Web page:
BP has officially been granted permission to fly commercial drones over Alaska
This past June 10, the Federal Aviation Administration in the United States announced that BP had been granted permission to use unmanned aircraft systems to keep tabs on roads, pipelines, and equipment in Alaska.Otherwise put, all hail to the oil industry and its convincing the Federal Aviation Administration in the United States to allow it to gift the country with its very first commercial drones.
The Federal Aviation Administration details that the drone BP can now use to survey pipelines, roads, and equipment in Alaska will chiefly serve to monitor the oil field in Prudhoe Bay, which is the largest in the country.
The aircraft, dubbed Puma AE, is expected to help oil and gas giant BP save time and money when it comes to pinning down potential faults in existing infrastructure and assessing the risk for one environmental disaster or another.
“Using the information generated by the Puma’s sensors, BP hopes to target maintenance activities on specific roads and infrastructure,” the Federal Aviation Administration in the United States writes on its website.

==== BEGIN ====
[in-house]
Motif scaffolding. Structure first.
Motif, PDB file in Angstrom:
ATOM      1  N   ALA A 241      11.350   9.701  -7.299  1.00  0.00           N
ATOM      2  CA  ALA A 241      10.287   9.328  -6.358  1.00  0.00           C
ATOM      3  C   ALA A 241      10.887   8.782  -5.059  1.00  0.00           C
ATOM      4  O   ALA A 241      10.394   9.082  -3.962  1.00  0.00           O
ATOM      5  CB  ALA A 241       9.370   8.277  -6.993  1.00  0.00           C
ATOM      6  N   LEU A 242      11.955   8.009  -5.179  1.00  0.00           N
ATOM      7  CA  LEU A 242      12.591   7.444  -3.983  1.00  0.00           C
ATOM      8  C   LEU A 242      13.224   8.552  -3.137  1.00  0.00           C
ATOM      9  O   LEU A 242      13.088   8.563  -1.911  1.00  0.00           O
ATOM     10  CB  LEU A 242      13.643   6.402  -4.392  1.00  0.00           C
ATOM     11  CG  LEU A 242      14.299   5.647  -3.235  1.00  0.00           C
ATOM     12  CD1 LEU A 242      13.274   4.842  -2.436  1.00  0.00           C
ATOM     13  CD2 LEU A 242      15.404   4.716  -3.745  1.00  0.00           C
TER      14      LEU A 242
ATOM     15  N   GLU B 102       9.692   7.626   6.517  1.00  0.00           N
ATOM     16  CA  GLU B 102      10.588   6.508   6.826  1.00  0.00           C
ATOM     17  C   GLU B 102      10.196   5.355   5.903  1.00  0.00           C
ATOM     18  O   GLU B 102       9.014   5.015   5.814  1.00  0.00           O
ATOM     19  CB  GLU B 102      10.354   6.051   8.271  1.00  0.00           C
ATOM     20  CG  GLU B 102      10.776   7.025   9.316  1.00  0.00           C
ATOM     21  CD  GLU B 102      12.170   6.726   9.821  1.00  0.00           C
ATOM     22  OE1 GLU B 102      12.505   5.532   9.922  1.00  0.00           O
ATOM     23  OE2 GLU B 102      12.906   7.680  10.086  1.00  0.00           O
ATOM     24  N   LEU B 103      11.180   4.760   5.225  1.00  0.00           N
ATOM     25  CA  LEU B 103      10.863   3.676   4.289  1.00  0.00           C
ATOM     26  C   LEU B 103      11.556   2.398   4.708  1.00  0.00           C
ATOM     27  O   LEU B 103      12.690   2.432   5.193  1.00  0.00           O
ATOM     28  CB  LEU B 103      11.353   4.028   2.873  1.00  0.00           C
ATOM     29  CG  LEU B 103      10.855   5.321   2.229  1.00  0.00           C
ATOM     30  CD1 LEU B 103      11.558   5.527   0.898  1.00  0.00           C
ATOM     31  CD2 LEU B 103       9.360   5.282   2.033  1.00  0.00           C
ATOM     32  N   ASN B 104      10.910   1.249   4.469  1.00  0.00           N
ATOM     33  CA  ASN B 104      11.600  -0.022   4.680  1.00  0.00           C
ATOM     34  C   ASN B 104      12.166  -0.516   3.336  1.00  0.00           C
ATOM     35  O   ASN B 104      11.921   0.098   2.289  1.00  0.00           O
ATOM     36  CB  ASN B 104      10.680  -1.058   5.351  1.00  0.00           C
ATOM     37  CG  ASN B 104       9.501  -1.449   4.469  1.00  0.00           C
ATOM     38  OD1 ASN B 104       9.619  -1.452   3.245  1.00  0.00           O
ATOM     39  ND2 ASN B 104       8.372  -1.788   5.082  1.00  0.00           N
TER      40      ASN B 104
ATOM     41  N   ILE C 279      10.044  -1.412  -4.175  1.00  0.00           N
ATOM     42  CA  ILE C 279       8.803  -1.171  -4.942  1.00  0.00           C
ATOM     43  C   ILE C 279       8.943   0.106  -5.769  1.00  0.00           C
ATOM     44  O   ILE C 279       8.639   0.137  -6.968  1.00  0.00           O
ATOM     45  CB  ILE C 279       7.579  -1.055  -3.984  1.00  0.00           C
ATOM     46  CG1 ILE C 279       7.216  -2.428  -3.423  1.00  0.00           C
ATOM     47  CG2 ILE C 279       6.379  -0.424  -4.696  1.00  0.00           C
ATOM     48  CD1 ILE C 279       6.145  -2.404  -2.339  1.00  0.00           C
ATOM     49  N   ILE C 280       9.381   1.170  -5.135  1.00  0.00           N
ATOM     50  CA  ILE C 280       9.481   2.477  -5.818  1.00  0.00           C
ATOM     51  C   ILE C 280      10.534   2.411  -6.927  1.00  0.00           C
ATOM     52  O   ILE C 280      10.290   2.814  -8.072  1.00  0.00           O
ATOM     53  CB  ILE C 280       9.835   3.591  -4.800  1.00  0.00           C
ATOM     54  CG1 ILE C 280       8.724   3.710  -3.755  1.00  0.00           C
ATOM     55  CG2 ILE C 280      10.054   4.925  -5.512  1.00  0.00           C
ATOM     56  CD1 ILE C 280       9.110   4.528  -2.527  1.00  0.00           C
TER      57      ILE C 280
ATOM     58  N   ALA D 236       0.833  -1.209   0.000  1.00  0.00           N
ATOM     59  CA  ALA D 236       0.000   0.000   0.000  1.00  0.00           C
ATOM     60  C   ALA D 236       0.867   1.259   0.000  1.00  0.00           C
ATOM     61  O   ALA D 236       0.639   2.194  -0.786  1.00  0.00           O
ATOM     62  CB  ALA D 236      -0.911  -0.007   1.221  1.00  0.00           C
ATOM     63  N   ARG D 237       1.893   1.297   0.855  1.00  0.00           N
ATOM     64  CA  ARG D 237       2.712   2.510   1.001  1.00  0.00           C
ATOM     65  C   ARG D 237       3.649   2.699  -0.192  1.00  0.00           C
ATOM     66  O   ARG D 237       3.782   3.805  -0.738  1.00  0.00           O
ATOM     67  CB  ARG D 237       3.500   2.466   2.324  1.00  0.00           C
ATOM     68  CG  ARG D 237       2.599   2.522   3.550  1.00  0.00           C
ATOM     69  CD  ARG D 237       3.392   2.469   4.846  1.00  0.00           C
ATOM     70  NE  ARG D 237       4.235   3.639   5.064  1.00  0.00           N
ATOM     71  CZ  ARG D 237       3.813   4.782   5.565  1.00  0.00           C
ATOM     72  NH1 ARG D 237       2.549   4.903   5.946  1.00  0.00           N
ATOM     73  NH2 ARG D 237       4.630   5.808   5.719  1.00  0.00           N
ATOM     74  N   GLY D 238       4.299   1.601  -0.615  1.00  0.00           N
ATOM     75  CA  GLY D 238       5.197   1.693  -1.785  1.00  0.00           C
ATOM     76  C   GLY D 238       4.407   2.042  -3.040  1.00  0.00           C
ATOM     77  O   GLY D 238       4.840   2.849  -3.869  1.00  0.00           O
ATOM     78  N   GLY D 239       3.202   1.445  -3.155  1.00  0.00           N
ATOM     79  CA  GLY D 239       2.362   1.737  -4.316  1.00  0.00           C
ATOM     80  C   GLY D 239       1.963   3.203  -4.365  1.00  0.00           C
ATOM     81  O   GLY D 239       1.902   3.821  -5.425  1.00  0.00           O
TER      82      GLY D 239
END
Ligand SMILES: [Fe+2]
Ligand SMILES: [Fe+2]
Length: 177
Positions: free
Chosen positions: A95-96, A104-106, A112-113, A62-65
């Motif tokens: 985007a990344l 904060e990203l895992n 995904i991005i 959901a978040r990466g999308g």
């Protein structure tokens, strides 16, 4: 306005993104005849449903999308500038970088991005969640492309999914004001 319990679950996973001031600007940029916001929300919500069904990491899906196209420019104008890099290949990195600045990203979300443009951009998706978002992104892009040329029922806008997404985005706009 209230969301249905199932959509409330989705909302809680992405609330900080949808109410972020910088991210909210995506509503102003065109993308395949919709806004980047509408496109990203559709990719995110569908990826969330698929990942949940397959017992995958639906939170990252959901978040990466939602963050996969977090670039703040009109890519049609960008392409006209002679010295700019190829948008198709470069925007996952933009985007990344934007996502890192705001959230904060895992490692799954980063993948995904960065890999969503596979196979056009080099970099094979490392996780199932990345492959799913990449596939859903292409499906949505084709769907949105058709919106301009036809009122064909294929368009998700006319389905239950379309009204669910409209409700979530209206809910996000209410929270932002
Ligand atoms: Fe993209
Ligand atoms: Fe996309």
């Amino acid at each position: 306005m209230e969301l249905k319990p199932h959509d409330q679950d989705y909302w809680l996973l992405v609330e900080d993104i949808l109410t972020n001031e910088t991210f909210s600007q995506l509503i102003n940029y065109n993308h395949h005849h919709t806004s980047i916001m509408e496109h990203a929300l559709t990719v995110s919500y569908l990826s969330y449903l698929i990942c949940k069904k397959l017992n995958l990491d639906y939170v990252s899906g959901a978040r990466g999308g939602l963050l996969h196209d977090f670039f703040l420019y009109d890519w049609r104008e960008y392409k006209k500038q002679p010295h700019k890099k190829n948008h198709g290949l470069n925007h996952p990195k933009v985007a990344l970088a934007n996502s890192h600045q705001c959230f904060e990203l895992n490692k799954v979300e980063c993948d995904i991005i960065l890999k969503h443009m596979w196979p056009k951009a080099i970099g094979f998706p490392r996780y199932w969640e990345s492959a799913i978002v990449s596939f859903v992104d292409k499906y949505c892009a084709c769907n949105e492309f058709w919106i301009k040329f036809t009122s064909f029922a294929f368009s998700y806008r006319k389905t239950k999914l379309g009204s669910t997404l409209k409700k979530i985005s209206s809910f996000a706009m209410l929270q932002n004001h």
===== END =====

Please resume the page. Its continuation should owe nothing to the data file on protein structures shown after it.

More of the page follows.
“[This] will save time and support safety and operational reliability goals, while helping to protect the sensitive North Slope environment,” the press release on the matter at hand further explains.
To put things into perspective, it need be said that the field in Prudhoe Bay presently accounts for about two thirds of the oil that is produced in Alaska yearly. Hence, one can only assume that maintaining it can prove quite a headache.
The Puma AE, which measures about 4.5 feet (nearly 1.4 meters) in length and whose wingspan is one of 9 feet (2.7 meters), will keep BP carry out this task by collecting imagery and data by means of sensors, the oil and gas giant explains.
The imagery and data will serve to piece together three-dimensional models of the oil field, which BP will then use to pin down areas that are in dire need of maintenance. Hopefully, the oil and gas giant will not settle for just identifying problems, but will also try and fix them.
Commenting on BP's decision to use Puma AE to monitor said oil field in Alaska, Tim Conver with AeroVironment says, “This new solution is now helping BP manage its extensive Prudhoe Bay field operations in a way that enhances safety, protects the environment, improves productivity and accomplishes activities never before possible.”
Furthermore, “This is an important achievement for our joint team and for the industry in demonstrating the safe and effective use of our proven UAS [unmanned aircraft systems] technology for commercial applications.”